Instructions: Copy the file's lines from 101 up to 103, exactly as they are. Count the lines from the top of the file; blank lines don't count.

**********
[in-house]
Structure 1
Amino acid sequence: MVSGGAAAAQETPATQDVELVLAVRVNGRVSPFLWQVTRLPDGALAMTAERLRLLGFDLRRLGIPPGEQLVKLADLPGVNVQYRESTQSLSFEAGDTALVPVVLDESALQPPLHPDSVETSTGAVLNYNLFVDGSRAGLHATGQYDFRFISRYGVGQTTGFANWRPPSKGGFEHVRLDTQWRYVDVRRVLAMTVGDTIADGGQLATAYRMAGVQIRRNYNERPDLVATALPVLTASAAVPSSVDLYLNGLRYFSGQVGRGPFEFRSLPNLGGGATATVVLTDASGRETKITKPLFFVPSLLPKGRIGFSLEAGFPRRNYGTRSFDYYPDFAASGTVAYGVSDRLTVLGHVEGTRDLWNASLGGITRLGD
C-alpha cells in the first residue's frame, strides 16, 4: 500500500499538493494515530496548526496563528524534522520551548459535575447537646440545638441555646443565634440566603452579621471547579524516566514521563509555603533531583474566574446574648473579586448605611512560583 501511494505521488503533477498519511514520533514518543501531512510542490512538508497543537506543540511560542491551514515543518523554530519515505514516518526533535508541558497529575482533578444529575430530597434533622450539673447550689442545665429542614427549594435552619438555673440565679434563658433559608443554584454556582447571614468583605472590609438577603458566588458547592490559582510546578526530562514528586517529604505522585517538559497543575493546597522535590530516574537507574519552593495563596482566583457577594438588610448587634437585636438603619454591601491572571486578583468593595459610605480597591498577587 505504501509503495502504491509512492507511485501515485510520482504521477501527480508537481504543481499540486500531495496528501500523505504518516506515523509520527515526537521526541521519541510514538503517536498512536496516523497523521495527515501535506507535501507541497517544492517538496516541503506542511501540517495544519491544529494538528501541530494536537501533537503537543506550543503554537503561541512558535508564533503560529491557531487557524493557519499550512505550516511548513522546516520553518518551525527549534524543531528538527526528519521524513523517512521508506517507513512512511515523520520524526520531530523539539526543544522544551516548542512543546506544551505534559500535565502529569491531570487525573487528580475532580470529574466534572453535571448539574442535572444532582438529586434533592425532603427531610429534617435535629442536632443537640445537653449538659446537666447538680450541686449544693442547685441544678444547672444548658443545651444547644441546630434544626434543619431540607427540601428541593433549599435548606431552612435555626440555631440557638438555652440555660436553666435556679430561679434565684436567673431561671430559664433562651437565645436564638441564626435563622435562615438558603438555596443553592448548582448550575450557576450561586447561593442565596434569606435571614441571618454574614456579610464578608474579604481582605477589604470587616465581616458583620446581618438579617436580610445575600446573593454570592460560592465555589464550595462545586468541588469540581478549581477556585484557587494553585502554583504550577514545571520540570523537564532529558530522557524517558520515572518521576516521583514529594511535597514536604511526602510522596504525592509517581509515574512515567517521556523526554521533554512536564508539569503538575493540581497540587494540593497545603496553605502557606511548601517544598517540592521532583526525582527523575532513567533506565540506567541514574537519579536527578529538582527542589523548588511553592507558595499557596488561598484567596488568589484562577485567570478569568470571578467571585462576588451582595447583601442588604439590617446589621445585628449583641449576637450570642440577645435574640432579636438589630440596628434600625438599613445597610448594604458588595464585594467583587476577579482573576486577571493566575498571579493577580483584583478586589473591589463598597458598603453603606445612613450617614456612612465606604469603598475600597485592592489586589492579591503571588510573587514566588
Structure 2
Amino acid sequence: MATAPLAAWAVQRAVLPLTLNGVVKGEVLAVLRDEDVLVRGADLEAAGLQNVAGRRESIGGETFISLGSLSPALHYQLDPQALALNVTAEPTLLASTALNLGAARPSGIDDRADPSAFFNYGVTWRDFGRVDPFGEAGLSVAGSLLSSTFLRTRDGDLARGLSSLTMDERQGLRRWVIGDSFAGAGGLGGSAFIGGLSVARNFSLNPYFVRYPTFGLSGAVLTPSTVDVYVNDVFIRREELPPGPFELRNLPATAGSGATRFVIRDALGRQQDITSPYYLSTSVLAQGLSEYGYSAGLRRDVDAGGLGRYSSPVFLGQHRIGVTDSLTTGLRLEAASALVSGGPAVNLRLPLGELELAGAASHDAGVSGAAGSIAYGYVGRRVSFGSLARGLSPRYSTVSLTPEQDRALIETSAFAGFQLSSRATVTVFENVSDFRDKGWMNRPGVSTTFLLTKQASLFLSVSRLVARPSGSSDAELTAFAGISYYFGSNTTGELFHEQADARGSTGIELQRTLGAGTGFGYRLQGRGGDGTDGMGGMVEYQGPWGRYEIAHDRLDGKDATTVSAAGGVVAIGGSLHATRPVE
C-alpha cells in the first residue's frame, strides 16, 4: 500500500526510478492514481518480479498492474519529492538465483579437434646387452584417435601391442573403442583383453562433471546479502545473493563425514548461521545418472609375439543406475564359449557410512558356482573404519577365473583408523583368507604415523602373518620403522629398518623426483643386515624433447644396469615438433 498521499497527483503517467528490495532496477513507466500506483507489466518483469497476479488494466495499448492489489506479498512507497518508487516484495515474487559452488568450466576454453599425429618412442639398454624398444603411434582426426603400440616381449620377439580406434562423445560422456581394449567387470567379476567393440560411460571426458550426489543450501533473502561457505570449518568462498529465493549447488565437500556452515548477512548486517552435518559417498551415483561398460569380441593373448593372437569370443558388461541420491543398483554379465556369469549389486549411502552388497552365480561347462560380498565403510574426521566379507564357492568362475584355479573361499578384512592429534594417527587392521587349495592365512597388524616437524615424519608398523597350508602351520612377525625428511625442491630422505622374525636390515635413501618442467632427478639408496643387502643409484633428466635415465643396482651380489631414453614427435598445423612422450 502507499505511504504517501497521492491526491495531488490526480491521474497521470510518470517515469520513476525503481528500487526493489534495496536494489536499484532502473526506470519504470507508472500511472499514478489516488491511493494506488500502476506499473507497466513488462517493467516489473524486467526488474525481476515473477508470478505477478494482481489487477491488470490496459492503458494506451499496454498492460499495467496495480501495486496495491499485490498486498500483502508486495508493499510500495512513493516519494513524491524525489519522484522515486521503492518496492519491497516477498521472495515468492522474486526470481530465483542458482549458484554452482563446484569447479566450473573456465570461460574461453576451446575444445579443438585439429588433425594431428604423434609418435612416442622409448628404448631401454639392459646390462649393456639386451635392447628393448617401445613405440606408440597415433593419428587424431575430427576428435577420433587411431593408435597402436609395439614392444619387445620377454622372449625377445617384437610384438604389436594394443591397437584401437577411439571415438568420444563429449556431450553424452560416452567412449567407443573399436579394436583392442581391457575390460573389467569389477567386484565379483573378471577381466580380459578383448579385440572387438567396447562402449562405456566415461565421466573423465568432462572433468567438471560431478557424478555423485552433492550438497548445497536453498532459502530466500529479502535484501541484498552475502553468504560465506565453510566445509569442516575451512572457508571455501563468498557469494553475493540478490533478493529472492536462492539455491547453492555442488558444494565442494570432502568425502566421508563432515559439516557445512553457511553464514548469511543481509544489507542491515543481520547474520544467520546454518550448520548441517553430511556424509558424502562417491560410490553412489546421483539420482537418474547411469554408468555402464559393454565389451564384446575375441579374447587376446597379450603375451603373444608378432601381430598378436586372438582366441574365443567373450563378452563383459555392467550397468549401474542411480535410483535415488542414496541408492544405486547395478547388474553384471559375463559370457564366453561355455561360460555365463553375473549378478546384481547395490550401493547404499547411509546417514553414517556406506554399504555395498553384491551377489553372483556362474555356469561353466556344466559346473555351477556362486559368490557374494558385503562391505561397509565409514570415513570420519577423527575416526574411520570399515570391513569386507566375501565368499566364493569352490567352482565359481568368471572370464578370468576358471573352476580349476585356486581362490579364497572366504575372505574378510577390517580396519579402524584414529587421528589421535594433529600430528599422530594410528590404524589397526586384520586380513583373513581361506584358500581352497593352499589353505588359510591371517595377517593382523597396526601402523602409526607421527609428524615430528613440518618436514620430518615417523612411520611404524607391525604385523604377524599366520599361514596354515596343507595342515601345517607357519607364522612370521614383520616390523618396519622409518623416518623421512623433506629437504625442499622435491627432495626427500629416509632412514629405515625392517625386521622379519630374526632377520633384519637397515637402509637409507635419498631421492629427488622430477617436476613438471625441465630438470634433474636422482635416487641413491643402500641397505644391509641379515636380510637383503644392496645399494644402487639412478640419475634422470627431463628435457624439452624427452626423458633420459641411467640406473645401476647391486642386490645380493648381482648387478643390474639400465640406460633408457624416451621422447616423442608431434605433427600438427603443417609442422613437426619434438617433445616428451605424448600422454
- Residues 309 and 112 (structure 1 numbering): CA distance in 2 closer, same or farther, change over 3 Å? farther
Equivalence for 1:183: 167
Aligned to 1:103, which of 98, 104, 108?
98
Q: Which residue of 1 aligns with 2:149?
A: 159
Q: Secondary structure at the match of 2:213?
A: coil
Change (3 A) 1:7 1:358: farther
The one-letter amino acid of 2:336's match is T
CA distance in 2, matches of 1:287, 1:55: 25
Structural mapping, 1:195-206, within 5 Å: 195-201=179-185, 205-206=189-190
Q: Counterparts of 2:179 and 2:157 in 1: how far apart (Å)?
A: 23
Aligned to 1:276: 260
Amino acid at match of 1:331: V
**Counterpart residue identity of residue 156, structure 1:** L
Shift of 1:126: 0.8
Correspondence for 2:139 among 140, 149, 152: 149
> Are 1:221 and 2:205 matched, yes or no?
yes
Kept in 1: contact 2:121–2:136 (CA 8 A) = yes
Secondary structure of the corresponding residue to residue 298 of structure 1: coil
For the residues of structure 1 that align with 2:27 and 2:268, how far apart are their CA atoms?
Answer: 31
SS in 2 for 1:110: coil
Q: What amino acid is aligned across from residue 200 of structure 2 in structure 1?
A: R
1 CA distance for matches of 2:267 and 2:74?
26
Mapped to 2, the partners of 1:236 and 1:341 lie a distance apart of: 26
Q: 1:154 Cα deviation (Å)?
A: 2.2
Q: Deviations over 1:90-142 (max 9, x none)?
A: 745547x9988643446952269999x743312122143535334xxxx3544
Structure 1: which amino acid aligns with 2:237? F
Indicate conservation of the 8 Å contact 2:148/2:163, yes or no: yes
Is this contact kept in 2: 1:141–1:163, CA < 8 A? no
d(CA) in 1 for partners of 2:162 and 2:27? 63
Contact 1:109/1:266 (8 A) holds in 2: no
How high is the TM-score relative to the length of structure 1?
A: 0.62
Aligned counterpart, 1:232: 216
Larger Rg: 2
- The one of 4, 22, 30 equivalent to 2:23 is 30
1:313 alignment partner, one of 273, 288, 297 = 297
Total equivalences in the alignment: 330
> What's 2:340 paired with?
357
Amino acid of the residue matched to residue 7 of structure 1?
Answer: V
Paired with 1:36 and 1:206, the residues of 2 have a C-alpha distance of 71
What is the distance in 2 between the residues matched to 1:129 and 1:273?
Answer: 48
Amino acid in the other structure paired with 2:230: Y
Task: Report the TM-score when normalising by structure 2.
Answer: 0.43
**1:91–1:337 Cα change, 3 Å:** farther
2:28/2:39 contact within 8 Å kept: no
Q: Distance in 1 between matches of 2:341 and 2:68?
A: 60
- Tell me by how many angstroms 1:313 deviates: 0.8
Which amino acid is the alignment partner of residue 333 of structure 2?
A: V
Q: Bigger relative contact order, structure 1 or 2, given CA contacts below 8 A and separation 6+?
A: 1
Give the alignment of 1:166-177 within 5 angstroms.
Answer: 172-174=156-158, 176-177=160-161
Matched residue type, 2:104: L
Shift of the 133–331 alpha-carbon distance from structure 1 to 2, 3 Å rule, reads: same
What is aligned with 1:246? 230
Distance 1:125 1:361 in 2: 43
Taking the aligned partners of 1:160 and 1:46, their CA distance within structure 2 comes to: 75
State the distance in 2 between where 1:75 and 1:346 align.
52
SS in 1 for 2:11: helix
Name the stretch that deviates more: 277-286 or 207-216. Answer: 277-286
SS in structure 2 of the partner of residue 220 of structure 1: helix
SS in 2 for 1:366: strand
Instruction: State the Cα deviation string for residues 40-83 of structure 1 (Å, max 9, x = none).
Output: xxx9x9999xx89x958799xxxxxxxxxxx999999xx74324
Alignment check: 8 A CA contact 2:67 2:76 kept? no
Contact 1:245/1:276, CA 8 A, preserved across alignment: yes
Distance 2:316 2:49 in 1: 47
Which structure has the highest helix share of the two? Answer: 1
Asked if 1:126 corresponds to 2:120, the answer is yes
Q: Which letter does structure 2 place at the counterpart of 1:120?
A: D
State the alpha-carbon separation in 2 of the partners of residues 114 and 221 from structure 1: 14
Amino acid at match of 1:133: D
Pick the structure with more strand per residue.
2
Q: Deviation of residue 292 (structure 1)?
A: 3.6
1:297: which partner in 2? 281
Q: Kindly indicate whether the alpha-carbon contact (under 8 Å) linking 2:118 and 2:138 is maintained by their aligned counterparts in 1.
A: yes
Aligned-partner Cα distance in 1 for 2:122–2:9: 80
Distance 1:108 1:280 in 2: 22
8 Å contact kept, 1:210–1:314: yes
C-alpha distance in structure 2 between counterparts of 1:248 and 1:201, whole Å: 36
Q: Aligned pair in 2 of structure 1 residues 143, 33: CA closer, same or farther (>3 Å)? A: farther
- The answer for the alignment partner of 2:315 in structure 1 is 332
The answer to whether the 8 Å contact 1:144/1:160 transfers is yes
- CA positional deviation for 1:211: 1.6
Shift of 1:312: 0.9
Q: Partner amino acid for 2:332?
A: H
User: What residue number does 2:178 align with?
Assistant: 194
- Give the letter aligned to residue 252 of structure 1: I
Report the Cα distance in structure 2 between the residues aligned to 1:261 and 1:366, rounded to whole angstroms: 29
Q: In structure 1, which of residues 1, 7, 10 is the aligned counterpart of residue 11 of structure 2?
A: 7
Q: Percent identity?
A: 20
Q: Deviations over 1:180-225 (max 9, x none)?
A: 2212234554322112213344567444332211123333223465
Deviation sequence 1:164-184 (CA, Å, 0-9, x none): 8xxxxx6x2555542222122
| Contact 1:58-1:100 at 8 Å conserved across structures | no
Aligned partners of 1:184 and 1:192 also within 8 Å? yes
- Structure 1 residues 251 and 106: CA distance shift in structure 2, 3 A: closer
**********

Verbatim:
A: 3.6
1:297: which partner in 2? 281
Q: Kindly indicate whether the alpha-carbon contact (under 8 Å) linking 2:118 and 2:138 is maintained by their aligned counterparts in 1.